There is a famous bakery in Stockholm called Vete-Katten. It is very northern European in design with antique decor, and the café part is a labyrinth of cosy inter-leading rooms and narrow corridors. The homey decor reminds me of ‘granny’s house’. Everything is baked from scratch using no additives. I can recommend a visit if you live or visit Stockholm.
Vete–Katten was founded in 1928 by a particularly forthright lady, Ester Nordhammar.
In those days – women had only had the vote for a couple of years – very few companies were run
by women, and even fewer patisseries. Ester, who was 42, had considerable professional experience,
including working as a clerk, but had barely even set foot in a bakery. She had the idea to start a
simple patisserie, “decorated like a vicarage”, as someone said, offering pastries, bread and buns of the
highest quality. It is said that the name was spawned when Ester was asked what her bakery would be
called and answered: “Ja, det vete katten”, which in Swedish can mean both “the cat knows” and “the
wheat cat”. Somebody must have liked the spontaneity of this and the play on words, so the name stuck.
Another idea she had was to exclusively employ young women in the business (and she held by this, as not a single man was employed at Vete–Katten until 1961, the year Ester died). She teamed up with a partner, Anna Skog, who initially looked after production. After a few years Anna left and Ester continued to run Vete–Katten by herself. And she did this, with a firm hand, until 1961 when she bequeathed the patisserie to four of her employees. Two of them remained until 1979 when Vete–Katten was sold to Agneta and Östen Brolin. They in turn sold the venerable institution in 2012 to master pastry chef Johan Sandelin, who has worked in the company since 1997 and ensures the spirit of Vete–Katten lives on.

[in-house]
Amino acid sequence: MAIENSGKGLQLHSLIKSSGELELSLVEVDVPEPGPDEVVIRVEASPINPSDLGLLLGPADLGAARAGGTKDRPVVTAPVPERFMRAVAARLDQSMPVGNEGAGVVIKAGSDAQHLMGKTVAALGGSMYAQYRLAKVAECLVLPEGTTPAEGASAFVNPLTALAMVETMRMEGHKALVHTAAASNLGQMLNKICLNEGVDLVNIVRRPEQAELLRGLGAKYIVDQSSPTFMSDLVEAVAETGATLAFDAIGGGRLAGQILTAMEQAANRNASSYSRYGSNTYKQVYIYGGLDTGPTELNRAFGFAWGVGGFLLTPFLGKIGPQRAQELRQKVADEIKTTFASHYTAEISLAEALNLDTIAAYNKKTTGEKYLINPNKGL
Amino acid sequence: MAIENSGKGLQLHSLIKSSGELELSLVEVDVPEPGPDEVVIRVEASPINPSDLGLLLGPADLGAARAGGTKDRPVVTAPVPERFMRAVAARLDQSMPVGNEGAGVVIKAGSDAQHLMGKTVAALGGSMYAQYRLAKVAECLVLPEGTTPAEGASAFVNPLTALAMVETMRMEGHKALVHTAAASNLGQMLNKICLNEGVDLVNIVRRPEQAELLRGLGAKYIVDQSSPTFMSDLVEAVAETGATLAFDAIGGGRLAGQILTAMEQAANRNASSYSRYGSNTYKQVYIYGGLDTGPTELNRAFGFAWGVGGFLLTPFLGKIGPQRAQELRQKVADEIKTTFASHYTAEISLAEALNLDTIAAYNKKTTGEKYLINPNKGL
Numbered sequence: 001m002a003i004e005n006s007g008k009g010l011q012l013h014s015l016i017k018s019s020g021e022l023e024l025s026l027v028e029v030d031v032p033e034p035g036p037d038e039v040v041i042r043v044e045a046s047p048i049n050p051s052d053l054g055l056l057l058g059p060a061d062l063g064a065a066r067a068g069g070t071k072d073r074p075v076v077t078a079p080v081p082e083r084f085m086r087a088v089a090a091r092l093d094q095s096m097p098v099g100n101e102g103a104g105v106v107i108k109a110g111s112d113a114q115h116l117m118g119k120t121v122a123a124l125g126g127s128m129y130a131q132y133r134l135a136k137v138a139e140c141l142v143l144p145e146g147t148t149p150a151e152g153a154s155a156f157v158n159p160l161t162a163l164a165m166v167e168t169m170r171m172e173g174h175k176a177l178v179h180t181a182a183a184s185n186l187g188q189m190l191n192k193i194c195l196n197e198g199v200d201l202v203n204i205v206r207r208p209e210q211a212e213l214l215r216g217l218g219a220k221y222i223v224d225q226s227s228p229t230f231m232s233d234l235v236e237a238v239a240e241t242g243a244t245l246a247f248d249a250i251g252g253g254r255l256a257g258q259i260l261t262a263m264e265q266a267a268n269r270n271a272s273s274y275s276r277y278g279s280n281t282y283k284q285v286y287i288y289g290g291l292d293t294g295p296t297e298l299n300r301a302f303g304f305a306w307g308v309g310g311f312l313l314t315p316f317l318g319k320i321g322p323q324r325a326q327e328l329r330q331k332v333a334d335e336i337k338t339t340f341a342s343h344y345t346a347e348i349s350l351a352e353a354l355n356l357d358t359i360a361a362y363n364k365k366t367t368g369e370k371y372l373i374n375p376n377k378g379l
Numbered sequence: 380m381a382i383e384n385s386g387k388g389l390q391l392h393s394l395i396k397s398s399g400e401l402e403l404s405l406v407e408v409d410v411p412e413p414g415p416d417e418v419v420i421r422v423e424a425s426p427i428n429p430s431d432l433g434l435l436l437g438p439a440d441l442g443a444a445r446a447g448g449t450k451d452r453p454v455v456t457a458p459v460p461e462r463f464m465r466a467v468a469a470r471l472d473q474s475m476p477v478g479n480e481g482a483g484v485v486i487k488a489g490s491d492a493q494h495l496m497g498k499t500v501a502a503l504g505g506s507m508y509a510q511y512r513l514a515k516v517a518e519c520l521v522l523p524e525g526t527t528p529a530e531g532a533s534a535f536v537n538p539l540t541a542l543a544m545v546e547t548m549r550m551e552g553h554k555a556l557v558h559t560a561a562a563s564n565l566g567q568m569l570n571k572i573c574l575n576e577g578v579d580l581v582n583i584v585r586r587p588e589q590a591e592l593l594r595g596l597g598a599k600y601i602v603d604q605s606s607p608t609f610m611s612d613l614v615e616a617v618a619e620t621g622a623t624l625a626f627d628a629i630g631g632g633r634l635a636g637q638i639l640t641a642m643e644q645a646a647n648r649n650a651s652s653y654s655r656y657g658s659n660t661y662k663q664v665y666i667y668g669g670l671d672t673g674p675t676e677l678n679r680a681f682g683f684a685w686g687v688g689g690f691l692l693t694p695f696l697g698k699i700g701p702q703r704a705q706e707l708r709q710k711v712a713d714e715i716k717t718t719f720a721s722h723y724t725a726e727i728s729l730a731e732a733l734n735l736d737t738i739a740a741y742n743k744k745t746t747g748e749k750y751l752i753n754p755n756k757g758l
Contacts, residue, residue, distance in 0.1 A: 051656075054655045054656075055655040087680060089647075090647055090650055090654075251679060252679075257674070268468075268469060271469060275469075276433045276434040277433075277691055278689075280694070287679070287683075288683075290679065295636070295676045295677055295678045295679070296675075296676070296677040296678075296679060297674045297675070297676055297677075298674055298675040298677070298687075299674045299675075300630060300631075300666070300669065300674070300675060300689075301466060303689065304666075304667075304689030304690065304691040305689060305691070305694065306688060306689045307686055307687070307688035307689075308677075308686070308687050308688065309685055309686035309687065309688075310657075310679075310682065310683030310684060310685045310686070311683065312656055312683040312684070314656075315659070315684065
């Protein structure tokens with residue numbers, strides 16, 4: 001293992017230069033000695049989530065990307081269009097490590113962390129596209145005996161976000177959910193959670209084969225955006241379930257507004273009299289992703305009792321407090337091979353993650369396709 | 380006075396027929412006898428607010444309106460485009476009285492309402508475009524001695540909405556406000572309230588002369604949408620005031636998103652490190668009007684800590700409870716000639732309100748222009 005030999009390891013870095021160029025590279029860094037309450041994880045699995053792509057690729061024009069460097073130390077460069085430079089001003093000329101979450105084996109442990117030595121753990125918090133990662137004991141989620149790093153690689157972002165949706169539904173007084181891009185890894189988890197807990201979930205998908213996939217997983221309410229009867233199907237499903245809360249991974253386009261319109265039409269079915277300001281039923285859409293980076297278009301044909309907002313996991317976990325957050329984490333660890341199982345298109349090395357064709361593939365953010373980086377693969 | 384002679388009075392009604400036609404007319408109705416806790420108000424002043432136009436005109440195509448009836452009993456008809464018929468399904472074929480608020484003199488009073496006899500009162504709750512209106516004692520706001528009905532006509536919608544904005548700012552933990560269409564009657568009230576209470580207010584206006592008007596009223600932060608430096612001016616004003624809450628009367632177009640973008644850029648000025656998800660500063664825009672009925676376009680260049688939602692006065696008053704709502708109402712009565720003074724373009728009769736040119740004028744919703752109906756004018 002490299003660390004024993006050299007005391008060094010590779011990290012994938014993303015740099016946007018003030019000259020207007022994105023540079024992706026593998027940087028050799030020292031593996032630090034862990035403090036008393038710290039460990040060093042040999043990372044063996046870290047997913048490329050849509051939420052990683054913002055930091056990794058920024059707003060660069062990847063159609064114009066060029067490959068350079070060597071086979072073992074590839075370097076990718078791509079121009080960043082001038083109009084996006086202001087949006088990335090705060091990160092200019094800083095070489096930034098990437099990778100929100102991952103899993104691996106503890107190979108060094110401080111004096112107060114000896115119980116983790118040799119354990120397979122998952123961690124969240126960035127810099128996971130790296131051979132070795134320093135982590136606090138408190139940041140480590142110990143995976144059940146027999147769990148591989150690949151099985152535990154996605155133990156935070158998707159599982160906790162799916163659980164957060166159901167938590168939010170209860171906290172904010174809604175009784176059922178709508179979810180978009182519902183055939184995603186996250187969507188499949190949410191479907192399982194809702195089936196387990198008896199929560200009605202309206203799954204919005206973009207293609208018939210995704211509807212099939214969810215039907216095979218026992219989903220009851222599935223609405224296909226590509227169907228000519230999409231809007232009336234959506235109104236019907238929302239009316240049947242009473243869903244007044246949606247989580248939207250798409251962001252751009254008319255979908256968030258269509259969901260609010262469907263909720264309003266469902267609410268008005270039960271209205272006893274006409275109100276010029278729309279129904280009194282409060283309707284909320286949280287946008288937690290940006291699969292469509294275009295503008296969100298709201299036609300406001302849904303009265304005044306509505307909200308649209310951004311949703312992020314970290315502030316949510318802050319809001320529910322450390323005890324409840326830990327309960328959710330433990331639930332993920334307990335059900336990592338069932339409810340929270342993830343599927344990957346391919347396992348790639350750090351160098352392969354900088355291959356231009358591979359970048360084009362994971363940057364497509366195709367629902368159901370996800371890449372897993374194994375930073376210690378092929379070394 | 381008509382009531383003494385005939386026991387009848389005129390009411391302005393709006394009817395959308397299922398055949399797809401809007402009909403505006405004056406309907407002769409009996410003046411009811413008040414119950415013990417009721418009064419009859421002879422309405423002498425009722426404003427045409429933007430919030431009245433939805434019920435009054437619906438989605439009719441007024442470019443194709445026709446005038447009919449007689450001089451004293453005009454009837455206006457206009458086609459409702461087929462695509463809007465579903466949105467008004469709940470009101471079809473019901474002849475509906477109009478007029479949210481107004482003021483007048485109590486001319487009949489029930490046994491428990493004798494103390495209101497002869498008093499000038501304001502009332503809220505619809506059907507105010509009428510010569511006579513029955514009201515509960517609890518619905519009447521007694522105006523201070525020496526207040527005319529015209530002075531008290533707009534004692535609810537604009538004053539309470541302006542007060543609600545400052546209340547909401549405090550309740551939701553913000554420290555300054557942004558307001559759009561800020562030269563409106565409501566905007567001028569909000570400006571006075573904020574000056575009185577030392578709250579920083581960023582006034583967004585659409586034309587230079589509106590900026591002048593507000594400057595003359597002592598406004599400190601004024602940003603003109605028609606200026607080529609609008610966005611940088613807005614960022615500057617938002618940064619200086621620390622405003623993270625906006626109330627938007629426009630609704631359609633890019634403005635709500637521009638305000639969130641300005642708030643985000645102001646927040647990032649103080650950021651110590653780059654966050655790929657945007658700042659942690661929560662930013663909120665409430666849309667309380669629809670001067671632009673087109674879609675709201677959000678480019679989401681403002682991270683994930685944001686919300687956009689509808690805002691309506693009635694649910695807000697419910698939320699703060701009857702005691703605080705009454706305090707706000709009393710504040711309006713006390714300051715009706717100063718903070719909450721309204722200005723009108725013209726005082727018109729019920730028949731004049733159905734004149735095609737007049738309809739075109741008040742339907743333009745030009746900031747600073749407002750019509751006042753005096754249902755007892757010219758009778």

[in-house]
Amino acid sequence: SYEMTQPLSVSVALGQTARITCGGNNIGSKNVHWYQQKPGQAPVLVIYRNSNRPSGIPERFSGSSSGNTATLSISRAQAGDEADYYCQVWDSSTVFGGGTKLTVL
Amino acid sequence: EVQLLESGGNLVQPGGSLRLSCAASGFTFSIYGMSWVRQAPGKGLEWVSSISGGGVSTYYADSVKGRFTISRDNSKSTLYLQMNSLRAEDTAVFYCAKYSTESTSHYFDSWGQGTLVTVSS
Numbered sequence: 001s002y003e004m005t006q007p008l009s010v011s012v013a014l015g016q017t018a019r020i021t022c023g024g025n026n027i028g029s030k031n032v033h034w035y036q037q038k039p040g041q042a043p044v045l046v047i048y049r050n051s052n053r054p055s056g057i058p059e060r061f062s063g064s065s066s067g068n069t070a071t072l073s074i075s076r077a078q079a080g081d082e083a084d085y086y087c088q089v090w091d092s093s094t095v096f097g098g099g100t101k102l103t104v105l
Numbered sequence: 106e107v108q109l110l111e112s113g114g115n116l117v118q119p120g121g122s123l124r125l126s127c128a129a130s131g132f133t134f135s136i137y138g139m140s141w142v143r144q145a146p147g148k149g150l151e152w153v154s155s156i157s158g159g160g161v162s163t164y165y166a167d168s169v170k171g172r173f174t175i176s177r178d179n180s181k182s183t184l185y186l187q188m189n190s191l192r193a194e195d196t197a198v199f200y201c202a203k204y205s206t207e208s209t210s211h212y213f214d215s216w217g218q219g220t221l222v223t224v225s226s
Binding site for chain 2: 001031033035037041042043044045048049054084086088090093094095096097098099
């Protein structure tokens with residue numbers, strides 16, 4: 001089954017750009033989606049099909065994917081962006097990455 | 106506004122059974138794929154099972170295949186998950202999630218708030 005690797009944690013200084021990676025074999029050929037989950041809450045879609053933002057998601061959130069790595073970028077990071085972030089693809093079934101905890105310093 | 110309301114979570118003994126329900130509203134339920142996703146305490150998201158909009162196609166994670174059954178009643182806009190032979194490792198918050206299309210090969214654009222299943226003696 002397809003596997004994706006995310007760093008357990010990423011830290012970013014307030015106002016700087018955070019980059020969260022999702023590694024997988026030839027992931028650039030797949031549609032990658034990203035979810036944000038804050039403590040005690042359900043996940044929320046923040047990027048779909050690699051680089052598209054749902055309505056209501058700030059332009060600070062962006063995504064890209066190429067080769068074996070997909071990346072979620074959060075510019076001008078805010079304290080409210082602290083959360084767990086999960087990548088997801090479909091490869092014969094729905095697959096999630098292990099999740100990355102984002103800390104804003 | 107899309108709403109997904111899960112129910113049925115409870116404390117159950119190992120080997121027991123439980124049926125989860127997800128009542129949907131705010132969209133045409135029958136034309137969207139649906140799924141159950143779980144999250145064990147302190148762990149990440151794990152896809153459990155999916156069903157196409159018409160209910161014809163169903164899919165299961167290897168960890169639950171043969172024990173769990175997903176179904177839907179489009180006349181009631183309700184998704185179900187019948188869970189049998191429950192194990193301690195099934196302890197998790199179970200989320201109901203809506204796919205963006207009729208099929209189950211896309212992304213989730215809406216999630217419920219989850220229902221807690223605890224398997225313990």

Anyhoo, I went past Vete-Katten yesterday and they had actual wheat cats in the windows. They were so beautifully done! Ellen Ljungqvist, who baked them, really knows cats. Aren’t they amazing?